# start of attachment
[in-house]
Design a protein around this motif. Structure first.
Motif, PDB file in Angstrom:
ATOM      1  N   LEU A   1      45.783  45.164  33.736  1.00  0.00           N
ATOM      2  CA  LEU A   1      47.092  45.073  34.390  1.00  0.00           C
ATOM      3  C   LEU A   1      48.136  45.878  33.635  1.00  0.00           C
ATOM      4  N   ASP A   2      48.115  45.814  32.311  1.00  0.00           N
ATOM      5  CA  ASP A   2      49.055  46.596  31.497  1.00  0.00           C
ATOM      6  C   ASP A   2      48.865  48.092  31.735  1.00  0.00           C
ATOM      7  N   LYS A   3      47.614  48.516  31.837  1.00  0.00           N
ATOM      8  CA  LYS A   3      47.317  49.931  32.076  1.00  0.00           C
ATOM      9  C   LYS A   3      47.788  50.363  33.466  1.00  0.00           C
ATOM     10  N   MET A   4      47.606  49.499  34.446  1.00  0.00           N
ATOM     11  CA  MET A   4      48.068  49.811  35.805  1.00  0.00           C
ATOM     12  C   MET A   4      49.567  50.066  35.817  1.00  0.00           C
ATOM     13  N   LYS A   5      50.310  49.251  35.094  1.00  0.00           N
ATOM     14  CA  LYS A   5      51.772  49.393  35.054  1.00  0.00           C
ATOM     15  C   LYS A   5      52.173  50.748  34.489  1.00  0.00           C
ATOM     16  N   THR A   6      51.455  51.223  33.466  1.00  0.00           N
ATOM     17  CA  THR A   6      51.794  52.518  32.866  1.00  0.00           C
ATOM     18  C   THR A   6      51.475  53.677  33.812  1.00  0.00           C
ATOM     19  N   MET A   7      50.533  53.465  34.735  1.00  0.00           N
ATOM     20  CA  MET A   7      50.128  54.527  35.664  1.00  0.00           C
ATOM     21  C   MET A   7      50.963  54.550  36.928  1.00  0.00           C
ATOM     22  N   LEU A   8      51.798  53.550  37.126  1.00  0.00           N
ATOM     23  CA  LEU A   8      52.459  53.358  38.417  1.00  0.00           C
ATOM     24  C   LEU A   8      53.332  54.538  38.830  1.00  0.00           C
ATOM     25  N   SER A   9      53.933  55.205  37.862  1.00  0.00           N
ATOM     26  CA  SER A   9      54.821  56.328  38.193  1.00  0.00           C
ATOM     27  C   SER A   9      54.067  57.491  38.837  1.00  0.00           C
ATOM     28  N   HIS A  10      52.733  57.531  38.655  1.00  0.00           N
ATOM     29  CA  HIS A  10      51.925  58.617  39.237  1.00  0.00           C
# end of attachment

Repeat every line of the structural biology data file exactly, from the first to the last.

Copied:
[in-house]
Design a protein around this motif. Structure first.
Motif, PDB file in Angstrom:
ATOM      1  N   LEU A   1      45.783  45.164  33.736  1.00  0.00           N
ATOM      2  CA  LEU A   1      47.092  45.073  34.390  1.00  0.00           C
ATOM      3  C   LEU A   1      48.136  45.878  33.635  1.00  0.00           C
ATOM      4  N   ASP A   2      48.115  45.814  32.311  1.00  0.00           N
ATOM      5  CA  ASP A   2      49.055  46.596  31.497  1.00  0.00           C
ATOM      6  C   ASP A   2      48.865  48.092  31.735  1.00  0.00           C
ATOM      7  N   LYS A   3      47.614  48.516  31.837  1.00  0.00           N
ATOM      8  CA  LYS A   3      47.317  49.931  32.076  1.00  0.00           C
ATOM      9  C   LYS A   3      47.788  50.363  33.466  1.00  0.00           C
ATOM     10  N   MET A   4      47.606  49.499  34.446  1.00  0.00           N
ATOM     11  CA  MET A   4      48.068  49.811  35.805  1.00  0.00           C
ATOM     12  C   MET A   4      49.567  50.066  35.817  1.00  0.00           C
ATOM     13  N   LYS A   5      50.310  49.251  35.094  1.00  0.00           N
ATOM     14  CA  LYS A   5      51.772  49.393  35.054  1.00  0.00           C
ATOM     15  C   LYS A   5      52.173  50.748  34.489  1.00  0.00           C
ATOM     16  N   THR A   6      51.455  51.223  33.466  1.00  0.00           N
ATOM     17  CA  THR A   6      51.794  52.518  32.866  1.00  0.00           C
ATOM     18  C   THR A   6      51.475  53.677  33.812  1.00  0.00           C
ATOM     19  N   MET A   7      50.533  53.465  34.735  1.00  0.00           N
ATOM     20  CA  MET A   7      50.128  54.527  35.664  1.00  0.00           C
ATOM     21  C   MET A   7      50.963  54.550  36.928  1.00  0.00           C
ATOM     22  N   LEU A   8      51.798  53.550  37.126  1.00  0.00           N
ATOM     23  CA  LEU A   8      52.459  53.358  38.417  1.00  0.00           C
ATOM     24  C   LEU A   8      53.332  54.538  38.830  1.00  0.00           C
ATOM     25  N   SER A   9      53.933  55.205  37.862  1.00  0.00           N
ATOM     26  CA  SER A   9      54.821  56.328  38.193  1.00  0.00           C
ATOM     27  C   SER A   9      54.067  57.491  38.837  1.00  0.00           C
ATOM     28  N   HIS A  10      52.733  57.531  38.655  1.00  0.00           N
ATOM     29  CA  HIS A  10      51.925  58.617  39.237  1.00  0.00           C